Good melodic death metal is in painfully short supply these days. Sure, there are a small handful of stalwart bands that continue to soldier on, but to say that the subgenre could stand to be infused with some fresh blood is an understatement. Fortunately, Ye Goat-Herd Gods have emerged from the frozen Canadian wastes to rescue us from the dearth of new and interesting melodeath sounds with their mighty second album, Ashes Shall Be Made of Them.
Hailing from Edmonton Alberta, Canada, The Black Sorcery play a pummeling brand of bestial black death metal that keeps with their home country’s unrivaled tradition of bringing the pain when it comes to the style (see also: Blasphemy, Revenge, Conqueror, etc), yet they also do a great deal to differentiate themselves from the hordes of bands that owe their careers to the seemingly bottomless well of inspiration that is Fallen Angel of Doom.
To listen to the three full length albums Weapon have released since 2009 is to witness a band searching for their sound. This is not meant as a knock on the Canadian quartet, in fact quite to the contrary; bands are supposed to evolve and grow from album to album. This fact is often lost in the context of death and black metal, where more often than not a lazy “if it ain’t broke, don’t fix it” attitude prevails. Weapon spit blood and fire in the face of that attitude; they’re ambitious, dedicated craftsmen with world domination on their minds. Embers and Revelations, the latest in that aforementioned trio of albums, is the band’s most complete and commanding work to date, a work that sees Weapon finding that sweet spot between death metal’s pulverizing violence and black metal’s Luciferian spitefulness; harnessing it to create something totally their own.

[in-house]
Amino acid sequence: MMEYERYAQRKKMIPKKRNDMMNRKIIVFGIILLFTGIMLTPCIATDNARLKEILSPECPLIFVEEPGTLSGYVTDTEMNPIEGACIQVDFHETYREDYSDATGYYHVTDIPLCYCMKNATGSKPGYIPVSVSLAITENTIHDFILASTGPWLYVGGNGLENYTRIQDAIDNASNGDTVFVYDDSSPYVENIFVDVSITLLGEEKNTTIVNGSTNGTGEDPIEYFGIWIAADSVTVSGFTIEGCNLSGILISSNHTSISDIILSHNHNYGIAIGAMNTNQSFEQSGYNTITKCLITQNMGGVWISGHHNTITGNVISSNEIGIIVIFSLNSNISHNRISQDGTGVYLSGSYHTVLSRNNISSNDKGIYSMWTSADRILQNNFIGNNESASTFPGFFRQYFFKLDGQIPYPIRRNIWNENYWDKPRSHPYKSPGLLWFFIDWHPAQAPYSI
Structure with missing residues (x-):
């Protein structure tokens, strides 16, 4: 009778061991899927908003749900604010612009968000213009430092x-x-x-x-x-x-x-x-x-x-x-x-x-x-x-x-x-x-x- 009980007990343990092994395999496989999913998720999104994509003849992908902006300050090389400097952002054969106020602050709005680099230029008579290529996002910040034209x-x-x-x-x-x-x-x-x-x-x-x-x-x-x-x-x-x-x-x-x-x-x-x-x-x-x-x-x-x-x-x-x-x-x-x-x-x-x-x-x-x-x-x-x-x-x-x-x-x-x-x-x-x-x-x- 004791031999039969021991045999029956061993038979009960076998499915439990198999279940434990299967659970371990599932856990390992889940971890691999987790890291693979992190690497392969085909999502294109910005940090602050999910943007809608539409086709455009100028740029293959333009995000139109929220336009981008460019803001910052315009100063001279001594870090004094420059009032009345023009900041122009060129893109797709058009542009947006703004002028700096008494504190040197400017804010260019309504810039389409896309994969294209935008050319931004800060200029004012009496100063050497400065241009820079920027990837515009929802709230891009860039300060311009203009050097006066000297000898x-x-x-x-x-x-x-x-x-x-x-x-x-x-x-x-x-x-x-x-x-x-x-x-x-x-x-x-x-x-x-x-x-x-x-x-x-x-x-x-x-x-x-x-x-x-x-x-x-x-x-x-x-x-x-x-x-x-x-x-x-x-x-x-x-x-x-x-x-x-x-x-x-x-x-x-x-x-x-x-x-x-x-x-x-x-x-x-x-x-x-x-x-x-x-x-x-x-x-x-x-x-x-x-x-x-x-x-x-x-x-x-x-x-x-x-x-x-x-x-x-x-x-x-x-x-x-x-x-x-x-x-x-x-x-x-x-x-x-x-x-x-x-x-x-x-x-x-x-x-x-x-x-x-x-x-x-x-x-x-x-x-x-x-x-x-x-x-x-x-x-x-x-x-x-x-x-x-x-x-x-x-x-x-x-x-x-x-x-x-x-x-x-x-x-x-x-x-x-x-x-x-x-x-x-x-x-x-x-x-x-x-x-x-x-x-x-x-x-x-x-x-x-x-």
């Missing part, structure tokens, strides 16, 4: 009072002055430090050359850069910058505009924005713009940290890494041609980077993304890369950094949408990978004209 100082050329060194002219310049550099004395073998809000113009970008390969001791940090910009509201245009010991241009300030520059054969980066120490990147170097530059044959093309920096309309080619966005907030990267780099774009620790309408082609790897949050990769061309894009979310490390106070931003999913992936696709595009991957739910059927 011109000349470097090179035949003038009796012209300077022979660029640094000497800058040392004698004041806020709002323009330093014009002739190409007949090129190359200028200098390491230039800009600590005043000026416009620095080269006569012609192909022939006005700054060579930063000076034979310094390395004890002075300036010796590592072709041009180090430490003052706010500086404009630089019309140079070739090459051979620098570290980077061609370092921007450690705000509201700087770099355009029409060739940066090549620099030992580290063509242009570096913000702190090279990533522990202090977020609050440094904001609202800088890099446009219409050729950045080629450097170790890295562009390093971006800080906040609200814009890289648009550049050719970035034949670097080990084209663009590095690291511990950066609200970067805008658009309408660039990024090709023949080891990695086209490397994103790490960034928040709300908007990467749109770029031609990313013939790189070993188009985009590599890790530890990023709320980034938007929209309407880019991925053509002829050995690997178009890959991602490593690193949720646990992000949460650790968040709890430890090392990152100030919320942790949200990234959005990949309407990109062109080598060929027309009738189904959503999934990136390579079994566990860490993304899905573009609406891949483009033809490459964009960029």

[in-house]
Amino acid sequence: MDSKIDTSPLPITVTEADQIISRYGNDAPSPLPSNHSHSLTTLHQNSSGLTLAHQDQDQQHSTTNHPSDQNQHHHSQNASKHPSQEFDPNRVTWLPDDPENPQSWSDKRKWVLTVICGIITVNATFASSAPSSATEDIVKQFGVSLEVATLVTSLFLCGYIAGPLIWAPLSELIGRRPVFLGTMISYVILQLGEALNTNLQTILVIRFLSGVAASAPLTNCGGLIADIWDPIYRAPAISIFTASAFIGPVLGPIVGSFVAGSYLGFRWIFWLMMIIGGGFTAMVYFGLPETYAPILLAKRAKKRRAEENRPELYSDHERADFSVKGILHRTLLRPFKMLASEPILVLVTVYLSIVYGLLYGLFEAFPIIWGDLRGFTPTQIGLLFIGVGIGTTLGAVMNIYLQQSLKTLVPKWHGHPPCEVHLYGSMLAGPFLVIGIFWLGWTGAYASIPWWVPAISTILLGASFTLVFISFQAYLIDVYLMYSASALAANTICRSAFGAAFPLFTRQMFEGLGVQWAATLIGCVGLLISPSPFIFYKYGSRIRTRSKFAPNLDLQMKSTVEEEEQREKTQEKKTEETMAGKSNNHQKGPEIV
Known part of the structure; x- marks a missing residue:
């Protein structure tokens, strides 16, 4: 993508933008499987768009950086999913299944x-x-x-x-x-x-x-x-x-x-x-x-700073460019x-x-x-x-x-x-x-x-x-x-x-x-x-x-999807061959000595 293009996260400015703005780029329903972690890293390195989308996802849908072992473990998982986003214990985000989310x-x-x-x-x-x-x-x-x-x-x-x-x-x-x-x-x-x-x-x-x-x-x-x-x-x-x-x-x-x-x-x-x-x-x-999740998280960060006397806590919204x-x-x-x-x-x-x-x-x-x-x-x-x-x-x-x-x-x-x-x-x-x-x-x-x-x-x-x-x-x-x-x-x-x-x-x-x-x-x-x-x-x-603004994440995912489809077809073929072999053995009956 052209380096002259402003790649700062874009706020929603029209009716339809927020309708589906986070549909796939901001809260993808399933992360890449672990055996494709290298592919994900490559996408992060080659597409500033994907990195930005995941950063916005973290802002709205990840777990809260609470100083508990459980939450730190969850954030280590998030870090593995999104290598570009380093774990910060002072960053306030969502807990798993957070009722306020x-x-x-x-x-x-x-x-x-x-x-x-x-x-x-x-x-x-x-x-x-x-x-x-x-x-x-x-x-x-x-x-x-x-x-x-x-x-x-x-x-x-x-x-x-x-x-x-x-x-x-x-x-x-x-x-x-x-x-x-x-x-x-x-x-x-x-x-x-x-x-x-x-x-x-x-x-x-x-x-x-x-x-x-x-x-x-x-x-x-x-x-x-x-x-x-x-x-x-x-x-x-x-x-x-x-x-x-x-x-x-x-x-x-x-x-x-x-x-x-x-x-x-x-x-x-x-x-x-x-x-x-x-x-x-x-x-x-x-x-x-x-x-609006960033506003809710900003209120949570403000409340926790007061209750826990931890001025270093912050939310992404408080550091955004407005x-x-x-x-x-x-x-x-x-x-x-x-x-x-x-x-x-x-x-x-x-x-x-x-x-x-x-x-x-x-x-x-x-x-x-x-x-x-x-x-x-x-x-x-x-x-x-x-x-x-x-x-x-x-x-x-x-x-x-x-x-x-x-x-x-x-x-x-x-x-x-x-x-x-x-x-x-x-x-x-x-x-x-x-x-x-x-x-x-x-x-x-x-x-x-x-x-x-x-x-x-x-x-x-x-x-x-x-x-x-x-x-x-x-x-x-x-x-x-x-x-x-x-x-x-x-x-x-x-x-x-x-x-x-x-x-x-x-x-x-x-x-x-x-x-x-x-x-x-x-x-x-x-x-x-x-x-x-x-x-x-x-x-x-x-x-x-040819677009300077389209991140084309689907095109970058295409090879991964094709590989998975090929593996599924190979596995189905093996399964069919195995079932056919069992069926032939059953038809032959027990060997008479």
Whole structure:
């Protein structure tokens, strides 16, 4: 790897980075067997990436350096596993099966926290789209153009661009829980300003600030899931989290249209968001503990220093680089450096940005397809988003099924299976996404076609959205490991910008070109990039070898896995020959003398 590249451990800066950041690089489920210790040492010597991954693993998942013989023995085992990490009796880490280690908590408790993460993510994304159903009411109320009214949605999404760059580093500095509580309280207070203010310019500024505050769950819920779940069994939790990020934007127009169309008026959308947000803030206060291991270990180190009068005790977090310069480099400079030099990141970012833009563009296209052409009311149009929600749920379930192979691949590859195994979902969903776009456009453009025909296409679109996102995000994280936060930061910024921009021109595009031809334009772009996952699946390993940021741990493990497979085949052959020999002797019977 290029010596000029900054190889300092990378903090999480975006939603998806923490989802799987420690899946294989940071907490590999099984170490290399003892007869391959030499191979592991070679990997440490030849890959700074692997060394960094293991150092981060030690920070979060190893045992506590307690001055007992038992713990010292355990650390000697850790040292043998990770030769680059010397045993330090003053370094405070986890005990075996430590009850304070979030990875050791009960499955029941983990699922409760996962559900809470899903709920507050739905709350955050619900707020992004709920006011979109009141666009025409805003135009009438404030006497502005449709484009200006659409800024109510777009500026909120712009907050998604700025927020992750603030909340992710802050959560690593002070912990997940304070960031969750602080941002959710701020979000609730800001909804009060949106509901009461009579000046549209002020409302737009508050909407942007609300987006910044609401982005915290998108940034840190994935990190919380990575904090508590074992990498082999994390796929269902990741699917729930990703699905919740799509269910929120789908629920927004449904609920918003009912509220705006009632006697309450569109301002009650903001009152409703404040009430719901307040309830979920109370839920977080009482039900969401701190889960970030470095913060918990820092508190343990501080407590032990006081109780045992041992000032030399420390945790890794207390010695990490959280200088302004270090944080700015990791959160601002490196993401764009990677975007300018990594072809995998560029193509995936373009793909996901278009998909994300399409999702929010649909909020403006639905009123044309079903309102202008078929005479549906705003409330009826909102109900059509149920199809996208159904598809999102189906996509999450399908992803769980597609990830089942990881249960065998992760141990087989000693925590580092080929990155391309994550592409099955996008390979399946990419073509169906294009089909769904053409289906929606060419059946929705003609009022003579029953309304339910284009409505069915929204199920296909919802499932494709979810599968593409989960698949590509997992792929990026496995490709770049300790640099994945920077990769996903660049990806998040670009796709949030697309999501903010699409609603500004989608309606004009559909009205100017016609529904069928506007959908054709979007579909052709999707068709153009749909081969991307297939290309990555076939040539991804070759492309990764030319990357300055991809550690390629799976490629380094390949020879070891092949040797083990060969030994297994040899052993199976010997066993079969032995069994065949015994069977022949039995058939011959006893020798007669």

It’s been four long years since we last heard from Canadian filth purveyors Revenge, but I can assure you that the aptly titled Scum.Collapse.Eradication was more than worth the wait. No other band on the planet is capable of harnessing hatred and scorn into a chaotic yet controlled whirlwind of pure electric death the way the duo of drummer/vocalist J. Read and guitarist/bassist Chris Ross (aka Vermin) do on Revenge’s fourth full length. Even though the band’s basic approach on Scum.Collapse.Eradication differs in only the most subtle of ways from that of previous outings, the fact remains that Revenge are so goddamn good at what they do that their return to the frontlines of the war metal battleground is always a welcome one.